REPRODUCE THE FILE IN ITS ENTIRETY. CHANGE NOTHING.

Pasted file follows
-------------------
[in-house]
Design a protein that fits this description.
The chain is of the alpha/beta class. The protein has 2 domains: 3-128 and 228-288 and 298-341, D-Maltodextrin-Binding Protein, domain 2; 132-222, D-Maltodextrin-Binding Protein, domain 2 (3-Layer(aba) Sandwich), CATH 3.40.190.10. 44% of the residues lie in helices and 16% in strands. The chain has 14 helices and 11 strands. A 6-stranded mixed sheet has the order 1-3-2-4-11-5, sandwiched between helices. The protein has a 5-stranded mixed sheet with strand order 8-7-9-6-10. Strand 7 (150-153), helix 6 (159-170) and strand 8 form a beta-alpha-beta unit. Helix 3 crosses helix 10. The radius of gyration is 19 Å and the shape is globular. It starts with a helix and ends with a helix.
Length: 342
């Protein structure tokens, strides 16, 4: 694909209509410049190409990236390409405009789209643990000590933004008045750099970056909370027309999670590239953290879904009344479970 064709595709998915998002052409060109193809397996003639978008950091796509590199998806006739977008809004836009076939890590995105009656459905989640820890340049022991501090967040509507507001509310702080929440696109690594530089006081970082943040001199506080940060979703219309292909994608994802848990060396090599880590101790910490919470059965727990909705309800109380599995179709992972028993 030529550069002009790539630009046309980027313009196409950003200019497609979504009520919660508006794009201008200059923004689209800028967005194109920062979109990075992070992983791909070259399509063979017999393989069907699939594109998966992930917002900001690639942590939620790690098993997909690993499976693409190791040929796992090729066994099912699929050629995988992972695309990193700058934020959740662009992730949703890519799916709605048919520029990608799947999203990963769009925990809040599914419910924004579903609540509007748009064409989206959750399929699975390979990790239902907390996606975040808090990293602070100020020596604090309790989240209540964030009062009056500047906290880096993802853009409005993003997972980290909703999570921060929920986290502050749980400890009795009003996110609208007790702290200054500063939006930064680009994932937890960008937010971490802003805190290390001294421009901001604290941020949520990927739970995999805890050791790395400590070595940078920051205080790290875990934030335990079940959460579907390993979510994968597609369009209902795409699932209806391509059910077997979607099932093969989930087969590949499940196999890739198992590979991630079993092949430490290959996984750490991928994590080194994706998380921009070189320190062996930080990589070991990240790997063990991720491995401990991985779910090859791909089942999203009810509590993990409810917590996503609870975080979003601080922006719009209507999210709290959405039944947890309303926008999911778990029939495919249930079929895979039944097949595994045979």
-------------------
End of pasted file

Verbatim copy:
[in-house]
Design a protein that fits this description.
The chain is of the alpha/beta class. The protein has 2 domains: 3-128 and 228-288 and 298-341, D-Maltodextrin-Binding Protein, domain 2; 132-222, D-Maltodextrin-Binding Protein, domain 2 (3-Layer(aba) Sandwich), CATH 3.40.190.10. 44% of the residues lie in helices and 16% in strands. The chain has 14 helices and 11 strands. A 6-stranded mixed sheet has the order 1-3-2-4-11-5, sandwiched between helices. The protein has a 5-stranded mixed sheet with strand order 8-7-9-6-10. Strand 7 (150-153), helix 6 (159-170) and strand 8 form a beta-alpha-beta unit. Helix 3 crosses helix 10. The radius of gyration is 19 Å and the shape is globular. It starts with a helix and ends with a helix.
Length: 342
């Protein structure tokens, strides 16, 4: 694909209509410049190409990236390409405009789209643990000590933004008045750099970056909370027309999670590239953290879904009344479970 064709595709998915998002052409060109193809397996003639978008950091796509590199998806006739977008809004836009076939890590995105009656459905989640820890340049022991501090967040509507507001509310702080929440696109690594530089006081970082943040001199506080940060979703219309292909994608994802848990060396090599880590101790910490919470059965727990909705309800109380599995179709992972028993 030529550069002009790539630009046309980027313009196409950003200019497609979504009520919660508006794009201008200059923004689209800028967005194109920062979109990075992070992983791909070259399509063979017999393989069907699939594109998966992930917002900001690639942590939620790690098993997909690993499976693409190791040929796992090729066994099912699929050629995988992972695309990193700058934020959740662009992730949703890519799916709605048919520029990608799947999203990963769009925990809040599914419910924004579903609540509007748009064409989206959750399929699975390979990790239902907390996606975040808090990293602070100020020596604090309790989240209540964030009062009056500047906290880096993802853009409005993003997972980290909703999570921060929920986290502050749980400890009795009003996110609208007790702290200054500063939006930064680009994932937890960008937010971490802003805190290390001294421009901001604290941020949520990927739970995999805890050791790395400590070595940078920051205080790290875990934030335990079940959460579907390993979510994968597609369009209902795409699932209806391509059910077997979607099932093969989930087969590949499940196999890739198992590979991630079993092949430490290959996984750490991928994590080194994706998380921009070189320190062996930080990589070991990240790997063990991720491995401990991985779910090859791909089942999203009810509590993990409810917590996503609870975080979003601080922006719009209507999210709290959405039944947890309303926008999911778990029939495919249930079929895979039944097949595994045979």